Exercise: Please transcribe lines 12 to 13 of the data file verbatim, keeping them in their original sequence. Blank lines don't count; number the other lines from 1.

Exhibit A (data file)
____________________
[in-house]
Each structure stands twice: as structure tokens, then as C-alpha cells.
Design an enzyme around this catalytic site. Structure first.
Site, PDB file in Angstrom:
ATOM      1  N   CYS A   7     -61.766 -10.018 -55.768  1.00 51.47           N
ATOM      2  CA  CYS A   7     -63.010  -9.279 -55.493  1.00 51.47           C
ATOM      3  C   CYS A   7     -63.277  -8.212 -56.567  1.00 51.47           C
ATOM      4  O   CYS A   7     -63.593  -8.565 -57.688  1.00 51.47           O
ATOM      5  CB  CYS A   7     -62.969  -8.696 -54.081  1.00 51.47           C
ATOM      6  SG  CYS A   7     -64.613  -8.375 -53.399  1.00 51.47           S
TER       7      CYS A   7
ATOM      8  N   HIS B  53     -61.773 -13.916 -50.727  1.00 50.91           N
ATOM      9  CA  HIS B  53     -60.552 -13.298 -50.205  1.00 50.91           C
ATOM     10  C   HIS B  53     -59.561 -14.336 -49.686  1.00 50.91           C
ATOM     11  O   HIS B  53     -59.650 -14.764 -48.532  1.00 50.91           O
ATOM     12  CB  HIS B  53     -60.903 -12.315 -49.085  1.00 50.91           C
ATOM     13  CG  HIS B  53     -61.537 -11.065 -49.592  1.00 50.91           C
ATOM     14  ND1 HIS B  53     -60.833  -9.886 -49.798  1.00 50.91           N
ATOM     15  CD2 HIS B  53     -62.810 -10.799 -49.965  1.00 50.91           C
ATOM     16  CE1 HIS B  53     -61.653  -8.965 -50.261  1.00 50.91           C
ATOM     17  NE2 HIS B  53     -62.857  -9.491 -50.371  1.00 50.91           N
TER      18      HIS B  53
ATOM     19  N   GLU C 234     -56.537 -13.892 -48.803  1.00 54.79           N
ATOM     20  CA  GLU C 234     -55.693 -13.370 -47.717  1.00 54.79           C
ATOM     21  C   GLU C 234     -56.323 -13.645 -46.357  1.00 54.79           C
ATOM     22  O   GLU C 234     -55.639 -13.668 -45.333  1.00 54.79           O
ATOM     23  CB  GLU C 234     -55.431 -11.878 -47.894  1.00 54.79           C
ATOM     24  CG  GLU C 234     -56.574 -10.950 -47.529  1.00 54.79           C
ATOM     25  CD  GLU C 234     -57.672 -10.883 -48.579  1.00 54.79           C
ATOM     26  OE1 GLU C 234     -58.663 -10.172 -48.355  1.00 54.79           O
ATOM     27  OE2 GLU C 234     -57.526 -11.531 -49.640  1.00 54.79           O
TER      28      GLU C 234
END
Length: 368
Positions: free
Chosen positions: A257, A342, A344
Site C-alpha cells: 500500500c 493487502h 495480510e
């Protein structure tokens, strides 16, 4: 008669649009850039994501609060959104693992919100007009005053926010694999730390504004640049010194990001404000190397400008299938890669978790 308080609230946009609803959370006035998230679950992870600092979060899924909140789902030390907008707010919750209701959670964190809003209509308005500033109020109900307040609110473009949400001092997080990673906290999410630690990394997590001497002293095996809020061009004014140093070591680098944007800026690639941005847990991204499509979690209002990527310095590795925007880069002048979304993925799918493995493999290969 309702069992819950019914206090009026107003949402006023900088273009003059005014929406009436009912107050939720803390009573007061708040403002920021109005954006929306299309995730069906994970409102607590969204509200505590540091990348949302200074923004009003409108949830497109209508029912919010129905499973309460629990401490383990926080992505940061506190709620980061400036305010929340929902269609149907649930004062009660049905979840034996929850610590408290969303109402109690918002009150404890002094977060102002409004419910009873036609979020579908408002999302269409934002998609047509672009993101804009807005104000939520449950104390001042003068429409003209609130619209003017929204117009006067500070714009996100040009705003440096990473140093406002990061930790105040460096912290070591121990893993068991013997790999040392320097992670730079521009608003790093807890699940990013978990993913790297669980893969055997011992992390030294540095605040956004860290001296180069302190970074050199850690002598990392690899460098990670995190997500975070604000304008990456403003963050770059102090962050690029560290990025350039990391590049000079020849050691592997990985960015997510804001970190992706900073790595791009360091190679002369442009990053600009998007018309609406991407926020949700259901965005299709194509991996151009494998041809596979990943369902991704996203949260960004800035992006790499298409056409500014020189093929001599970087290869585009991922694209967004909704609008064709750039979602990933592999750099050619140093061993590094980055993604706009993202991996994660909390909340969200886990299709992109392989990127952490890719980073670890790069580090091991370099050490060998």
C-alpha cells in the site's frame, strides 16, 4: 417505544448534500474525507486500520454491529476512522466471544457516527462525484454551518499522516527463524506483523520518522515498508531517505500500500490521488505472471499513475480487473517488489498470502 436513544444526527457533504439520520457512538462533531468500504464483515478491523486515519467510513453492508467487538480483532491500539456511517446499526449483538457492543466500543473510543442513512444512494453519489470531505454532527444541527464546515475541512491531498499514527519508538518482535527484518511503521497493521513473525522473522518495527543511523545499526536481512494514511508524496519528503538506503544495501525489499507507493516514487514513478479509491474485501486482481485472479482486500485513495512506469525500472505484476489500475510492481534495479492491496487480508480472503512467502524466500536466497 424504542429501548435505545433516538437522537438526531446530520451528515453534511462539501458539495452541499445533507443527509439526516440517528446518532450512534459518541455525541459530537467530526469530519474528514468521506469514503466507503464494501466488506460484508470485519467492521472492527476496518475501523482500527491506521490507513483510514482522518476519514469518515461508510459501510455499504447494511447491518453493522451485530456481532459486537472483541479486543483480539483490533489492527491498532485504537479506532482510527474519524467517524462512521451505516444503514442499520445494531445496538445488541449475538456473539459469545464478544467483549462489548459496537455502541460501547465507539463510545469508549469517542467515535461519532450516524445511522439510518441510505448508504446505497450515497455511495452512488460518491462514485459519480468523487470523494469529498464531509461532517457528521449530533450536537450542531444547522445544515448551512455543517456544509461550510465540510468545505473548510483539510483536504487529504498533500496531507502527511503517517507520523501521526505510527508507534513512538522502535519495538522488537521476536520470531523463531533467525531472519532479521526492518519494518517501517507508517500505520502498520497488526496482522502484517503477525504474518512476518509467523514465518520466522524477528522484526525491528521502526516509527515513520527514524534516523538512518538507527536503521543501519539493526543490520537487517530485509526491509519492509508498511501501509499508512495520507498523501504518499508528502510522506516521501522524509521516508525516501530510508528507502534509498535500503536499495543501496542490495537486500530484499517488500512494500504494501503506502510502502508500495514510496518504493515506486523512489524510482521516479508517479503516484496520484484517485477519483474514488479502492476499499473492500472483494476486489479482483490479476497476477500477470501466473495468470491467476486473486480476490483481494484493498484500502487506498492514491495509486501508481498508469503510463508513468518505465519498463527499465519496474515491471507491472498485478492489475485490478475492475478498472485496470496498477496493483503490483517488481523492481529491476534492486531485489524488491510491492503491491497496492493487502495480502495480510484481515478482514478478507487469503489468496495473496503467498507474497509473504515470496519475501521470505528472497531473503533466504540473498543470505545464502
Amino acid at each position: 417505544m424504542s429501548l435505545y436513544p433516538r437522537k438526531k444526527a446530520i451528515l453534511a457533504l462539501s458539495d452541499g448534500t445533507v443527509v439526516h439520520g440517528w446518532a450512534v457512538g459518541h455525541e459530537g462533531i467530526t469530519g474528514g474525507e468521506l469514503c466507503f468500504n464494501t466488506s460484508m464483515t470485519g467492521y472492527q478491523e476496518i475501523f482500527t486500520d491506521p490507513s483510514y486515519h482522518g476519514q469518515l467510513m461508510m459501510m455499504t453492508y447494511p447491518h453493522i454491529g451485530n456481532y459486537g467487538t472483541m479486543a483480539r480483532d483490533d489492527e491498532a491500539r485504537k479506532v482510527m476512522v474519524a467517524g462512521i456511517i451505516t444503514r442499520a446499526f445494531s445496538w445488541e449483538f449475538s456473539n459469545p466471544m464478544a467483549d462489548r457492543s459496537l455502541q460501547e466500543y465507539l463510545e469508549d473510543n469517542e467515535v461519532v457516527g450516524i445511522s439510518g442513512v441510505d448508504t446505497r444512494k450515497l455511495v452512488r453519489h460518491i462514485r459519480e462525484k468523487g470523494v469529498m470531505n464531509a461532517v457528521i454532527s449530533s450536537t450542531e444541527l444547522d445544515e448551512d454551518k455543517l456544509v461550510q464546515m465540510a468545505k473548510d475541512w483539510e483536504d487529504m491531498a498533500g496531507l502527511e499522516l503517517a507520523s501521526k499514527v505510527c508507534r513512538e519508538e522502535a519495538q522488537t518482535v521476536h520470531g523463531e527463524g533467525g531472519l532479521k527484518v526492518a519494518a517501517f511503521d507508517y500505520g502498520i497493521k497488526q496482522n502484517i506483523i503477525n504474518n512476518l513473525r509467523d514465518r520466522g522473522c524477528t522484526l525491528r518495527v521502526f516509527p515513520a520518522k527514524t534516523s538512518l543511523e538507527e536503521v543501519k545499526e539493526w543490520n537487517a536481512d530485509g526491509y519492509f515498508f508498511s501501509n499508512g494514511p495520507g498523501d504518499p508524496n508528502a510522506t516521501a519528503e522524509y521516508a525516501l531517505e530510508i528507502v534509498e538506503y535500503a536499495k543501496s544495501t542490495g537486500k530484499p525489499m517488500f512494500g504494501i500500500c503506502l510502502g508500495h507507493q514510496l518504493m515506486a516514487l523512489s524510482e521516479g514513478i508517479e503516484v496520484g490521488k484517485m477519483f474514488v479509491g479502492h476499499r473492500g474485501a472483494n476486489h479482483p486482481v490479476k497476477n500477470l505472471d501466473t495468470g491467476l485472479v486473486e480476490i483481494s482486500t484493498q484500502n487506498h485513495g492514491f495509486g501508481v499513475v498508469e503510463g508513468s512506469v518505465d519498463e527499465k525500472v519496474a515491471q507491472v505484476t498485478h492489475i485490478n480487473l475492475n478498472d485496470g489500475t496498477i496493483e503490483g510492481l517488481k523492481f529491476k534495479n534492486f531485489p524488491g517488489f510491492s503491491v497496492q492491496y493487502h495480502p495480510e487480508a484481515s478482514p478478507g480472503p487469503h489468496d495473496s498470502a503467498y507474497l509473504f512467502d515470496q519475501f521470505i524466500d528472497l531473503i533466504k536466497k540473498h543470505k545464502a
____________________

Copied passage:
ATOM      8  N   HIS B  53     -61.773 -13.916 -50.727  1.00 50.91           N
ATOM      9  CA  HIS B  53     -60.552 -13.298 -50.205  1.00 50.91           C